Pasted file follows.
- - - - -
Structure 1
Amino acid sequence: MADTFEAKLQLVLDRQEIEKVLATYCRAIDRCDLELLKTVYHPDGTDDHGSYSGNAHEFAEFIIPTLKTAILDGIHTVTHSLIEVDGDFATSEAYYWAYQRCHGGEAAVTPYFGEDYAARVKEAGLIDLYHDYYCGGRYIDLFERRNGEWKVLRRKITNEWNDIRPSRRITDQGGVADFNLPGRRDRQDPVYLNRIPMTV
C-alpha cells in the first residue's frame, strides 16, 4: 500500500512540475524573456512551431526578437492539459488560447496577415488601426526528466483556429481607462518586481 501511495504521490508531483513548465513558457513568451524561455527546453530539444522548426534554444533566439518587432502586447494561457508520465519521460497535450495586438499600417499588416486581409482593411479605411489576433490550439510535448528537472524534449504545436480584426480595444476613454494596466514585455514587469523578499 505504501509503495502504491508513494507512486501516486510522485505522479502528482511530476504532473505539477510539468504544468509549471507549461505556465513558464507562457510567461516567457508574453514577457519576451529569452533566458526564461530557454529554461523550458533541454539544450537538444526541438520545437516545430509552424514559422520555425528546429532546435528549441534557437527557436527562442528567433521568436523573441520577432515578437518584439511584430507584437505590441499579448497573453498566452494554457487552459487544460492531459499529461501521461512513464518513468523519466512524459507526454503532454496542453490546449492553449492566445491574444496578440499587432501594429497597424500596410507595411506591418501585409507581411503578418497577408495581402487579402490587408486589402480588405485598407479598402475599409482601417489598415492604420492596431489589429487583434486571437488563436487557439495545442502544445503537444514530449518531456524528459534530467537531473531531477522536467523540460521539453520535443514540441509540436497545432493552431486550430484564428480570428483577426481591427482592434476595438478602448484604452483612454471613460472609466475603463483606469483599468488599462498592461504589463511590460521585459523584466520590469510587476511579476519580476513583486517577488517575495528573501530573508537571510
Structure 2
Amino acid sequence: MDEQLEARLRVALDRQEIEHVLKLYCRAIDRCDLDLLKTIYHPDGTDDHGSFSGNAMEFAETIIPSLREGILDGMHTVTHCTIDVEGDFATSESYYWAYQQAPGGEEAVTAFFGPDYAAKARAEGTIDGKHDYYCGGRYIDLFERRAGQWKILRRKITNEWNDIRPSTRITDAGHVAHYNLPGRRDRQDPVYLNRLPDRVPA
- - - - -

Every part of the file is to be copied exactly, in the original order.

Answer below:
Structure 1
Amino acid sequence: MADTFEAKLQLVLDRQEIEKVLATYCRAIDRCDLELLKTVYHPDGTDDHGSYSGNAHEFAEFIIPTLKTAILDGIHTVTHSLIEVDGDFATSEAYYWAYQRCHGGEAAVTPYFGEDYAARVKEAGLIDLYHDYYCGGRYIDLFERRNGEWKVLRRKITNEWNDIRPSRRITDQGGVADFNLPGRRDRQDPVYLNRIPMTV
C-alpha cells in the first residue's frame, strides 16, 4: 500500500512540475524573456512551431526578437492539459488560447496577415488601426526528466483556429481607462518586481 501511495504521490508531483513548465513558457513568451524561455527546453530539444522548426534554444533566439518587432502586447494561457508520465519521460497535450495586438499600417499588416486581409482593411479605411489576433490550439510535448528537472524534449504545436480584426480595444476613454494596466514585455514587469523578499 505504501509503495502504491508513494507512486501516486510522485505522479502528482511530476504532473505539477510539468504544468509549471507549461505556465513558464507562457510567461516567457508574453514577457519576451529569452533566458526564461530557454529554461523550458533541454539544450537538444526541438520545437516545430509552424514559422520555425528546429532546435528549441534557437527557436527562442528567433521568436523573441520577432515578437518584439511584430507584437505590441499579448497573453498566452494554457487552459487544460492531459499529461501521461512513464518513468523519466512524459507526454503532454496542453490546449492553449492566445491574444496578440499587432501594429497597424500596410507595411506591418501585409507581411503578418497577408495581402487579402490587408486589402480588405485598407479598402475599409482601417489598415492604420492596431489589429487583434486571437488563436487557439495545442502544445503537444514530449518531456524528459534530467537531473531531477522536467523540460521539453520535443514540441509540436497545432493552431486550430484564428480570428483577426481591427482592434476595438478602448484604452483612454471613460472609466475603463483606469483599468488599462498592461504589463511590460521585459523584466520590469510587476511579476519580476513583486517577488517575495528573501530573508537571510
Structure 2
Amino acid sequence: MDEQLEARLRVALDRQEIEHVLKLYCRAIDRCDLDLLKTIYHPDGTDDHGSFSGNAMEFAETIIPSLREGILDGMHTVTHCTIDVEGDFATSESYYWAYQQAPGGEEAVTAFFGPDYAAKARAEGTIDGKHDYYCGGRYIDLFERRAGQWKILRRKITNEWNDIRPSTRITDAGHVAHYNLPGRRDRQDPVYLNRLPDRVPA